- Whitney Terrell, class of 1986; author; credits include The Huntsman, named to the New York Times "notable" list in 2001
- Aaron Rahsaan Thomas, class of 1995; Emmy Award-nominated producer and screenwriter; credits include episodes for Friday Night Lights, Numb3rs, and CSI: NY
Science and technology
- Betty Eisner, class of 1933; pioneer in LSD research
- Ralph Hoffmann, headmaster, Country Day School (1910-19); natural history teacher and amateur ornithologist and botanist; authored first true bird field guide
- Ruth Patrick, class of 1925; botanist and limnologist at the University of Virginia specializing in diatoms and freshwater ecology
- Kathryn Stephenson, class of 1930; first female American board-certified plastic surgeon
- Dean C. Allard, class of 1951; historian; director, United States Naval Historical Center (1989-95)
- Ian Ayres, class of 1977; William K. Townsend Professor at the Yale Law School and professor at the Yale School of Management
- Catherine Clinton, class of 1969; Professor of History at Queen's University Belfast
- Joan Dillon, history teacher, Sunset Hill School (1962-71); historic preservation activist
- Jay Lorsch, class of 1950; Louis Kirstein Professor of Human Relations at the Harvard Business School
- Robert H. Mnookin, class of 1960; Samuel Williston Professor of Law at the Harvard Law School; law clerk to Supreme Court Justice John Marshall Harlan II (1969-70); father of law professor Jennifer Mnookin and uncle of writer Seth Mnookin
- Franklin David Murphy, class of 1932; chancellor, University of Kansas (1951–60), University of California, Los Angeles (1960–68); chairman and CEO, Times Mirror Company (1968-80)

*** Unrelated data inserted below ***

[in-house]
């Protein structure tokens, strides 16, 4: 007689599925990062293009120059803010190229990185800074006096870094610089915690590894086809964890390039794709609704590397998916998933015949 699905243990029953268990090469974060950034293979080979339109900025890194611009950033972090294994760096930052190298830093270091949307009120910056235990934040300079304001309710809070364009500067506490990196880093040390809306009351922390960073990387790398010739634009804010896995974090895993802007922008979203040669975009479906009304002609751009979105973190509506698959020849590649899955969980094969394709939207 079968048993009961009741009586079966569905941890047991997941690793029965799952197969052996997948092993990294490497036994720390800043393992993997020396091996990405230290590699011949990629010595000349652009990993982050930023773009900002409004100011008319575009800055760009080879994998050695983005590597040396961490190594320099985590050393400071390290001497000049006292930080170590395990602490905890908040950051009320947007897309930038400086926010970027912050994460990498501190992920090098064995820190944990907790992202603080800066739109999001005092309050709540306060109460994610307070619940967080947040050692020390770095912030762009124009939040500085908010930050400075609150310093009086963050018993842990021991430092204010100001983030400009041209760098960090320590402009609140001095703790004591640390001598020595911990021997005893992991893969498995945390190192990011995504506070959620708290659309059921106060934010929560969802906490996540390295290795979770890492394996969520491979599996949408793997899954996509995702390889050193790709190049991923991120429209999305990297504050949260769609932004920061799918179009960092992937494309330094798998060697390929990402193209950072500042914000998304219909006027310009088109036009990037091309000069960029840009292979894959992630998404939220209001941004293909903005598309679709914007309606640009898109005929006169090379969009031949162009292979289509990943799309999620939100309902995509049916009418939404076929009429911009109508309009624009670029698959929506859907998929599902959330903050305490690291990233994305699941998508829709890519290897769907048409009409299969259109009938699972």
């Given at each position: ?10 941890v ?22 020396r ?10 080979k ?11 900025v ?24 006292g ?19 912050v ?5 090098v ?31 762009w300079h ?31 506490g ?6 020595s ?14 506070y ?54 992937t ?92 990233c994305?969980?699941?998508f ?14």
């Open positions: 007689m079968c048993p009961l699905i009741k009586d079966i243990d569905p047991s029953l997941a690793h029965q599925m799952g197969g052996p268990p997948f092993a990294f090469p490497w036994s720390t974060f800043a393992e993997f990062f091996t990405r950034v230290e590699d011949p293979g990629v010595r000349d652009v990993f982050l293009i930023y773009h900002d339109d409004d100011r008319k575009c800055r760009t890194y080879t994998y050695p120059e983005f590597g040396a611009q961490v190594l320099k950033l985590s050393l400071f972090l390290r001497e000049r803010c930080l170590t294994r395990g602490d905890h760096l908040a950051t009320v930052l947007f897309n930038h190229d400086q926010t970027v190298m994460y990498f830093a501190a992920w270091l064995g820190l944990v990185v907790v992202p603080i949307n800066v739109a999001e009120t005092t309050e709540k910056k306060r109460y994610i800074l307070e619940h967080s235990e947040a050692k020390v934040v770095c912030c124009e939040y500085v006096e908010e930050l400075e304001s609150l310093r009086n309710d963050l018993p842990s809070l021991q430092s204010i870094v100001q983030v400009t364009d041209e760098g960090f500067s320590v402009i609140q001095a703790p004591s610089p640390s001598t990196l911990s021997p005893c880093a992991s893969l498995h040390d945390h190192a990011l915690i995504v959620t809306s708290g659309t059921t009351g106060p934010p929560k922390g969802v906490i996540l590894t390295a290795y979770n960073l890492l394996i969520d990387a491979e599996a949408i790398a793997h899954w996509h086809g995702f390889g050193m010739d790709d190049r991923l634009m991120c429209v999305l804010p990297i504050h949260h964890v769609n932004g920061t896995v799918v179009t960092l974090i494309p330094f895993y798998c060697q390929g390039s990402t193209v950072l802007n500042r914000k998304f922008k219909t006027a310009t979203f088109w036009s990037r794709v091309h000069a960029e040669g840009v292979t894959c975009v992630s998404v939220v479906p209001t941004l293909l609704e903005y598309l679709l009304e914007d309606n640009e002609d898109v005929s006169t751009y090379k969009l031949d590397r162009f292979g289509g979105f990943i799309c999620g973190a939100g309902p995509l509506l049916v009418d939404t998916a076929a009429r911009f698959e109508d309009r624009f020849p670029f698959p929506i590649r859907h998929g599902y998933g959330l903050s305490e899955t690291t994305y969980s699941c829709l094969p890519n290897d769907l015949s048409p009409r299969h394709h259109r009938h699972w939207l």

- Stanley Durwood, class of 1938; founder of AMC Theatres; invented the multiplex
- Donald J. Hall, Sr., class of 1946; chairman, Hallmark Cards (1966-present); president and CEO, Hallmark Cards (1966-86); son of Hallmark Cards founder Joyce Hall
- Donald J. Hall Jr., class of 1974; president and CEO, Hallmark Cards (2002-); son of Hallmark Cards chairman Donald J. Hall, Sr.
- Irvine O. Hockaday, Jr., class of 1954; president and CEO, Kansas City Southern Industries (1971-83), Hallmark Cards (1986-2001); member of the board, Hallmark Cards (1978-2001), Ford Motor Company (1987-), Dow Jones & Co. (1990-2007), Aquila, Inc. (1995-2001), Sprint (1995-), Crown Media Holdings (2000-), Estée Lauder (2001-); chairman, Federal Reserve Bank of Kansas City (1986)
- John W. Jordan, Jr., class of 1965; founder, The Jordan Company
- Jen Kao, class of 1999; fashion designer; daughter of Garmin co-founder Min Kao
- Masten Gregory, attended; Formula One driver
- Bill Rockne, class of 1935, and Knute Rockne, Jr., class of 1937; sons of Notre Dame football coach Knute Rockne, who was leaving Kansas City after visiting his sons at Pem-Day when he died in a plane crash